On January 23, 2018, St. Thomas More College signed a new Memorandum of Understanding with the University of Saskatchewan and the Voldymyr Hnatiuk Ternopil National Pedagogical University (TNPU) regarding the college’s Ukraine Study Abroad Program. The five-year agreement establishes the institutional basis for a continuing partnership with TNPU to offer STM’s Spring Session In Ukraine (SSU), which has been in existence since 2001. The SSU is an intensive language and cultural immersion program offered overseas in Ternopil, Ukraine. The program is co-ordinated by Dr. Natalia Khanenko-Friesen and supported in part by the PCUH. Dr Olena Huzar, the local Ternopil coordinator, represented the TNPU at the signing ceremony. Dr. Arul Kumaran (Dean) and Dr. Anthony Vannelli (Provost) signed the agreement on behalf of STM and the University of Saskatchewan respectively. The PCUH provided funding in support of Dr. Huzar’s visit. While in Saskatoon, Dr. Huzar spoke with several stakeholders regarding additional steps to strengthen the program and explored other academic opportunities.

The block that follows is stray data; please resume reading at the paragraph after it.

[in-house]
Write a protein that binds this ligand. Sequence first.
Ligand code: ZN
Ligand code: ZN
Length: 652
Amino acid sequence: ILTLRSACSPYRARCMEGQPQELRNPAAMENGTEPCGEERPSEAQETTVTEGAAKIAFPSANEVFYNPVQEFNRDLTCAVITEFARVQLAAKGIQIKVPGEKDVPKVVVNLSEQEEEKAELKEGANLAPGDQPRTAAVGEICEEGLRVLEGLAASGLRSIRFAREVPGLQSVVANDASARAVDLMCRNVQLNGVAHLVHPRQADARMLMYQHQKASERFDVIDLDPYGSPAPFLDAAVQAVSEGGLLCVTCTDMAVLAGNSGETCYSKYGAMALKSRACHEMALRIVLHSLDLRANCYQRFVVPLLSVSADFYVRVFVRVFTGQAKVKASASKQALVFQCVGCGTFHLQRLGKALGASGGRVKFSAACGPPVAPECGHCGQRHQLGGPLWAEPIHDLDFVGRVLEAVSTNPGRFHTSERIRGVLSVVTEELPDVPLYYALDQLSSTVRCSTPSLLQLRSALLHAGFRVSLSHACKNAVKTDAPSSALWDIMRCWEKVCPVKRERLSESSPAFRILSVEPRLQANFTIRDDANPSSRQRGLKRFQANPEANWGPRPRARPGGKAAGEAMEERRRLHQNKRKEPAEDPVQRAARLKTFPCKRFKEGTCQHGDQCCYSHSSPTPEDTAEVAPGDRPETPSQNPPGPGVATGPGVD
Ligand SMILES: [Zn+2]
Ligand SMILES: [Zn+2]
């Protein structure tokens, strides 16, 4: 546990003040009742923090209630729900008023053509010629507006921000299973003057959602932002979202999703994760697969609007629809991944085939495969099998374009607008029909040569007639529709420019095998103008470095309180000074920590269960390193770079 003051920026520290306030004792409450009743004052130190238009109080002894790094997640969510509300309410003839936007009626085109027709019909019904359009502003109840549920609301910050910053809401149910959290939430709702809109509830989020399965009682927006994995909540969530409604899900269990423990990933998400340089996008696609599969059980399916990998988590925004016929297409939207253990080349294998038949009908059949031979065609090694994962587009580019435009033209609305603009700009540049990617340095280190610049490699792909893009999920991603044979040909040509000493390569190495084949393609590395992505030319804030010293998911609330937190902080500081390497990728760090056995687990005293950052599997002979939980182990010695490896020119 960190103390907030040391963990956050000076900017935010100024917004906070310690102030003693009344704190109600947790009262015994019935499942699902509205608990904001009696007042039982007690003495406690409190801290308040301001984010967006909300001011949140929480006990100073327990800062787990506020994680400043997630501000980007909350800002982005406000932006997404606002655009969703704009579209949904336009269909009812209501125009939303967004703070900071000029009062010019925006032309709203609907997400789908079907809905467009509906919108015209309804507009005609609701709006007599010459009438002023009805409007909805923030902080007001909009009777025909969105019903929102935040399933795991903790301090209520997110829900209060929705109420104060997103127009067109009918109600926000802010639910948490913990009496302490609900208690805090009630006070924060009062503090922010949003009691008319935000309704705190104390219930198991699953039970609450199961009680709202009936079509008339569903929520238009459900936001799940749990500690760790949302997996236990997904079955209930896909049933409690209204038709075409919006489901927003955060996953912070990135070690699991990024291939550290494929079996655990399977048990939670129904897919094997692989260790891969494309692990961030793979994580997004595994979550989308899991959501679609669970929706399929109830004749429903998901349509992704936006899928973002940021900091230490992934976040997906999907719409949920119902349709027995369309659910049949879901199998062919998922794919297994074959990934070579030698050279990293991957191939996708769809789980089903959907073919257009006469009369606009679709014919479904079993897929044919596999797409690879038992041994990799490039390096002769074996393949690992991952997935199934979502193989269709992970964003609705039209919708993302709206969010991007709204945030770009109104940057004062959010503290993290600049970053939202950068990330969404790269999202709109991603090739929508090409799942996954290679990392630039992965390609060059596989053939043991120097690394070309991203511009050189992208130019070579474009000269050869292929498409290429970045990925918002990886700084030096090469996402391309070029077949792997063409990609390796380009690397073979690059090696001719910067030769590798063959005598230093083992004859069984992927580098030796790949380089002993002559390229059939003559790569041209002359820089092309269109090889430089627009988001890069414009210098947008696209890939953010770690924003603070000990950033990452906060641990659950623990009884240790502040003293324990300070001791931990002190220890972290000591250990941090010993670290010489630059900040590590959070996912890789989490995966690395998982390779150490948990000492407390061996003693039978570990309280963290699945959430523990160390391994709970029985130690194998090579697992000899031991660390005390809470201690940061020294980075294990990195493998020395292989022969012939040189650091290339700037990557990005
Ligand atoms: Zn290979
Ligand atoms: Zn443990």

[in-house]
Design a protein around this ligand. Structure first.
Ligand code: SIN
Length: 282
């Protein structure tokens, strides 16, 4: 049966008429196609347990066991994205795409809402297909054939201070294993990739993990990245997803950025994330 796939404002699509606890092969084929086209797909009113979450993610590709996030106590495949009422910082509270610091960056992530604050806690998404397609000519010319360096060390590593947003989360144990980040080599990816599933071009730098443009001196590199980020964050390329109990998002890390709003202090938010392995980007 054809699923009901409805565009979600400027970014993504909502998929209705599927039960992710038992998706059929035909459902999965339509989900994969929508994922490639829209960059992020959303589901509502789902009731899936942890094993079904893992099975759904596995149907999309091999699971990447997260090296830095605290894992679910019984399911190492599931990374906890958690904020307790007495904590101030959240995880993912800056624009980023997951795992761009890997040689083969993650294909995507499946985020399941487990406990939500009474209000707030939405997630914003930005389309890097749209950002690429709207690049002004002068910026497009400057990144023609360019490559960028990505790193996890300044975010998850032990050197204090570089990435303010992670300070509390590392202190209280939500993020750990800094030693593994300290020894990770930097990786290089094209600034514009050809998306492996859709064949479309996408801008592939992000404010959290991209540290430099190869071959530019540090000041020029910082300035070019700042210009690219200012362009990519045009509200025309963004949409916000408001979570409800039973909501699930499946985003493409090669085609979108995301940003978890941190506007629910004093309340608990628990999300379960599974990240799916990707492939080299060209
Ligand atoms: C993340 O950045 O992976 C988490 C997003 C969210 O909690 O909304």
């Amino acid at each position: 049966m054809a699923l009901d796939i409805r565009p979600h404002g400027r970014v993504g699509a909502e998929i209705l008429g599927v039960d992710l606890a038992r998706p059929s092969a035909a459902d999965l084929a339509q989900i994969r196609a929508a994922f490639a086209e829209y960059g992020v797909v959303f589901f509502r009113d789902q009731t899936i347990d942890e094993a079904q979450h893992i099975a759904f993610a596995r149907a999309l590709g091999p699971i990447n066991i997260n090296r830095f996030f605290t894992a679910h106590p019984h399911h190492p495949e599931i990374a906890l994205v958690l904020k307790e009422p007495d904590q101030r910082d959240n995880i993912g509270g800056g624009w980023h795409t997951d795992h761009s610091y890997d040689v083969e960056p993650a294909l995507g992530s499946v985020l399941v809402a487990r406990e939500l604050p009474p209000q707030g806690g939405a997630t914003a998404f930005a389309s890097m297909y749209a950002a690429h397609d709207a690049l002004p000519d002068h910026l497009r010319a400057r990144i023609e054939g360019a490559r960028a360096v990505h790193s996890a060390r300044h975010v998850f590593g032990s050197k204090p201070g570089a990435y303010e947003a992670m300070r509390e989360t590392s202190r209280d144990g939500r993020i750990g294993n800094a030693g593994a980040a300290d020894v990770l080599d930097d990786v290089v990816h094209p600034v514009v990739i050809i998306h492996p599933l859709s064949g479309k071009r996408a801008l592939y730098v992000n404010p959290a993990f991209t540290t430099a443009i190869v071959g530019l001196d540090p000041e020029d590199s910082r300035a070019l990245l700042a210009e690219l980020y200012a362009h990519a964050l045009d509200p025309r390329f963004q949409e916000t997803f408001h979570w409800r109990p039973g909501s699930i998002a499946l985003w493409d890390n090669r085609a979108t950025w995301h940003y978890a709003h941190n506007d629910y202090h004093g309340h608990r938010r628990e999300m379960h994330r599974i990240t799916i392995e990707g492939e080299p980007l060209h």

The 2nd Annual Ukrainian Studies Research Showcase hosted by the University of Saskatchewan Ukrainian Students’ Association (USUSA) in association with the PCUH was held on the evening of January 16, 2018. The event helps showcase both undergraduate and graduate research in the field of Ukrainian Studies on the UofS campus, providing a unique academic opportunity for students to communicate with their peers and the community at large the work being undertaken as part of their course of study at the university.